‘Cave in’ slows traffic on Padre


Port Isabel-South Padre Press

A broken sewer line is suspected to have caused a small cave-in of the road surface of Padre Boulevard, said Laguna Madre Water District General Manager Carlos Galvan.

Galvan was notified about the hole that had formed in the northbound lanes at the intersection of Padre Boulevard and State Park Road 100 after 6 p.m. Wednesday, he said.

“There’s a small cave in – not a big one – but we’ve got to take care of it,” he said. “It’s not that deep, but it could get deeper.”

Barriers had been erected around the hole and traffic had been diverted around the area by Wednesday night, but repairs hinged upon knowing where nearby utilities were, Galvan said. “We’re going to have to wait for utility spotters to tell us where all utilities are at,” Galvan said. Those utilities include electrical, cable and telephone lines.

“It looks like there’s a broken sewer line in there,” he said, but explained that workers would still have to investigate to make sure.

“We’re going to take the asphalt out of the way and open the manhole and look into it and see if there’s anything broken close to the manhole,” Galvan said. “If not, we’re just going to dig the lines around it and see what’s connected to it and see what’s broken,” he said.

Once the source of the problem is identified, crews will work to repair the issue, then fill in the hole. “Once we fix the crack, or broken line, we’ll cover it back up,” Galvan said. The hole will be filled, first with river sand, then cement stabilizer, then caliche and finally asphalt, Galvan explained. He added that the asphalt won’t be added until about a week after repairs are made. The filler materials will need time to settle before asphalt can be laid, he said. Drivers will still be able to use the lane once the caliche is in place, though.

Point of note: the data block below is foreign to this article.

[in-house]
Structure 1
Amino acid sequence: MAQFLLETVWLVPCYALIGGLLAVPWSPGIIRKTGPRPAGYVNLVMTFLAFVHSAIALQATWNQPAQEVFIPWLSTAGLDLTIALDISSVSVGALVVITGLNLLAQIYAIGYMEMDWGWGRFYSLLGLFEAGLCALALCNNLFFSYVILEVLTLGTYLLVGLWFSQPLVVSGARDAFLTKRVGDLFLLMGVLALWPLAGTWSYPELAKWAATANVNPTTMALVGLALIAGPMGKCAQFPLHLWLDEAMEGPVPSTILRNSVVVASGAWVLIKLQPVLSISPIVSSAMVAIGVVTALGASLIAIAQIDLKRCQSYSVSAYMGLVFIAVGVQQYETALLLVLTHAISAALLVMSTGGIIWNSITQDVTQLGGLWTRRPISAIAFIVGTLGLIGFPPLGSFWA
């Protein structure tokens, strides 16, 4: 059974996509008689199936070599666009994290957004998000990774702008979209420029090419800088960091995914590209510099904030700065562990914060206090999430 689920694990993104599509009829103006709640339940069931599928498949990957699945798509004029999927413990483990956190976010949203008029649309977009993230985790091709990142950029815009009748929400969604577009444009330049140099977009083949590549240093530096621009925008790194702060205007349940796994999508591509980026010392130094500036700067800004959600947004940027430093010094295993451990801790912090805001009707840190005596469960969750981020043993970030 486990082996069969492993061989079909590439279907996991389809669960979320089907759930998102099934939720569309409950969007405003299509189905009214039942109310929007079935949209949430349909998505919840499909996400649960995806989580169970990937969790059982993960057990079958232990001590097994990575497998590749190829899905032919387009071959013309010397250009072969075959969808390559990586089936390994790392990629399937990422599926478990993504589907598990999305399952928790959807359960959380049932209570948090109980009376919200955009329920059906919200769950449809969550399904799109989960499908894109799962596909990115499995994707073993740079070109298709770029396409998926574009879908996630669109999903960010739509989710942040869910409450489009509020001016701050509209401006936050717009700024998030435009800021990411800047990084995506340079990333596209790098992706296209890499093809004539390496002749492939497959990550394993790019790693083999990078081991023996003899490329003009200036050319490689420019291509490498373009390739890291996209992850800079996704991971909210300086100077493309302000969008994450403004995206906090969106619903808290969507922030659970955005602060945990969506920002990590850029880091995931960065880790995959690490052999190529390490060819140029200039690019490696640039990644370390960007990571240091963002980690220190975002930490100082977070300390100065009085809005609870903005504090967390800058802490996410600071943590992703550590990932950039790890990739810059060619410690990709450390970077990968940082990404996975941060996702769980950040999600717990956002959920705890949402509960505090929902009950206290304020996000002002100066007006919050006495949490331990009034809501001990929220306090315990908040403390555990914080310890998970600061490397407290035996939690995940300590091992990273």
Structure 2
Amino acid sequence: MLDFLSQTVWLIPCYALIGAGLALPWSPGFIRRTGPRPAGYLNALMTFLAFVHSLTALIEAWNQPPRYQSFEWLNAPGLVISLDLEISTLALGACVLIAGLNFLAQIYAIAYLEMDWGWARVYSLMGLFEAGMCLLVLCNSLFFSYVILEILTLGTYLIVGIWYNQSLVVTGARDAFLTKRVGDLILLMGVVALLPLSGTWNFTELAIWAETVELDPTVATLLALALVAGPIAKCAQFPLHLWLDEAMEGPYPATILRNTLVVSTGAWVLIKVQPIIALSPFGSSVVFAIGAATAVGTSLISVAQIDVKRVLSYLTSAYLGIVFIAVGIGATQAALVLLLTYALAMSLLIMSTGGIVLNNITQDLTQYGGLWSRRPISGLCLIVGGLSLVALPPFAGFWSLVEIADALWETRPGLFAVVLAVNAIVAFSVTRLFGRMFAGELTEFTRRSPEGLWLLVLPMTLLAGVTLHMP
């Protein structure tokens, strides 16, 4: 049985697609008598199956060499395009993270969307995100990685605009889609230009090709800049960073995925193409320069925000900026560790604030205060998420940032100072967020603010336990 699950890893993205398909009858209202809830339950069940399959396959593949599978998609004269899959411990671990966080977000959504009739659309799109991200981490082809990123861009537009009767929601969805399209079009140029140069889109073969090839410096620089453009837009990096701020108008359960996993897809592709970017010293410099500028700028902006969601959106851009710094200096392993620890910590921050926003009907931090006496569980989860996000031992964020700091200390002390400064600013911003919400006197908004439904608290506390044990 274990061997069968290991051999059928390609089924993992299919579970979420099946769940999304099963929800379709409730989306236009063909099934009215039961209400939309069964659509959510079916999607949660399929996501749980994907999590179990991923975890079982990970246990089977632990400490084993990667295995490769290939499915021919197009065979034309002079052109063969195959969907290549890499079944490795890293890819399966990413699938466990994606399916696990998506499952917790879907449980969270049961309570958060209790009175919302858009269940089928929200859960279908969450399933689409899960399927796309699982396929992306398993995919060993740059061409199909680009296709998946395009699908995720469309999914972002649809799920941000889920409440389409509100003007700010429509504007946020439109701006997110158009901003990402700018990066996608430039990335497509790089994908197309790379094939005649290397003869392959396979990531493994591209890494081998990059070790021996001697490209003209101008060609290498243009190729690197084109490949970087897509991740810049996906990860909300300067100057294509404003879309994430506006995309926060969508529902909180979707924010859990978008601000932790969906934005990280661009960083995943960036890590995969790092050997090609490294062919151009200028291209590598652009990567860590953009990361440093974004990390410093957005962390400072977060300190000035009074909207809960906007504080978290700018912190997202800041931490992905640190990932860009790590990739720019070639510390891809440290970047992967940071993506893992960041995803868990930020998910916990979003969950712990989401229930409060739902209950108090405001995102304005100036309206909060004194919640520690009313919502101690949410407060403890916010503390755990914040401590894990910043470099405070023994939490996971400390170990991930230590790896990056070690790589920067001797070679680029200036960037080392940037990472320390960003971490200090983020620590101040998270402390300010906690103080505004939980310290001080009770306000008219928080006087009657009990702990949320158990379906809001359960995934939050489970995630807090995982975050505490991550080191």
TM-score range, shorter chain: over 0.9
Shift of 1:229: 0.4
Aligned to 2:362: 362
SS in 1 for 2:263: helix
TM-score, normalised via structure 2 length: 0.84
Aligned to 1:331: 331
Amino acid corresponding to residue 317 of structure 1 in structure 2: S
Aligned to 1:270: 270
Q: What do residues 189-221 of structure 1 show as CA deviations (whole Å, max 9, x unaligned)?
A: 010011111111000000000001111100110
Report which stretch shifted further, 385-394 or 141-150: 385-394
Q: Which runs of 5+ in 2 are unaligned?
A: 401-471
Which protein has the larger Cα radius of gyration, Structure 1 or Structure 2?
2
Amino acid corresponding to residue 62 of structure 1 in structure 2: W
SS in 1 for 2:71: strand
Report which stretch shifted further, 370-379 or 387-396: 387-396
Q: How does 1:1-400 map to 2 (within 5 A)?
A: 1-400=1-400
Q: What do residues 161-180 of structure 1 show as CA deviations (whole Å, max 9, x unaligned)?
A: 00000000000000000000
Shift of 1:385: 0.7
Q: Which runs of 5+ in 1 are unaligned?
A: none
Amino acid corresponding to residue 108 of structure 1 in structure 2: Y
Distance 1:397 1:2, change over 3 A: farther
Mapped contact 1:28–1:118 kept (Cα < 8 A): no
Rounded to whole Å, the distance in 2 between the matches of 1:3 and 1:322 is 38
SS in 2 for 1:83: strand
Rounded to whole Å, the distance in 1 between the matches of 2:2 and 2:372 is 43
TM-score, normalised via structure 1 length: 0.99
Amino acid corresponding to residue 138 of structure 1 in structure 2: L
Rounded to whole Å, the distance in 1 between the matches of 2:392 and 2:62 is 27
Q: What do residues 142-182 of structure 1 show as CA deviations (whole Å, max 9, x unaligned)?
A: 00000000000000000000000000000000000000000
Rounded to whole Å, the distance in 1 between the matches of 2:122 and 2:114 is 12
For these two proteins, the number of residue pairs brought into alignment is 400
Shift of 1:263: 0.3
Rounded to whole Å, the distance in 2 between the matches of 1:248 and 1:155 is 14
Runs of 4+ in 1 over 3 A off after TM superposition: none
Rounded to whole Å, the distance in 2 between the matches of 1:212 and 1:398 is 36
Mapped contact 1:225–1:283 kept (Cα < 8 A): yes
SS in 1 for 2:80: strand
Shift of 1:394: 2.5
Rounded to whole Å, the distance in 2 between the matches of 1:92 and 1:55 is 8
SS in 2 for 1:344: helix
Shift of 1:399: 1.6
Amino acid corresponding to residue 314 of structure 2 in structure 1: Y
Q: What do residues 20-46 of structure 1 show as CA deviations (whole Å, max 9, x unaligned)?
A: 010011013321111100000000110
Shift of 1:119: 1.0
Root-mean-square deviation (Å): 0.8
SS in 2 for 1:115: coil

Galvan was hopeful that the issue could be addressed overnight, while the tide remained low and before daytime traffic could be impacted. “(We’re) hoping that the low tide now, right now, will help us, because when it’s high tide you get a lot of water infiltration from the sea,” he said. The water table is between three to four feet, he said.

“Looks like, hopefully, we can tackle it tonight before the traffic comes in the morning,” he said. The area remained blocked off as of Thursday morning.

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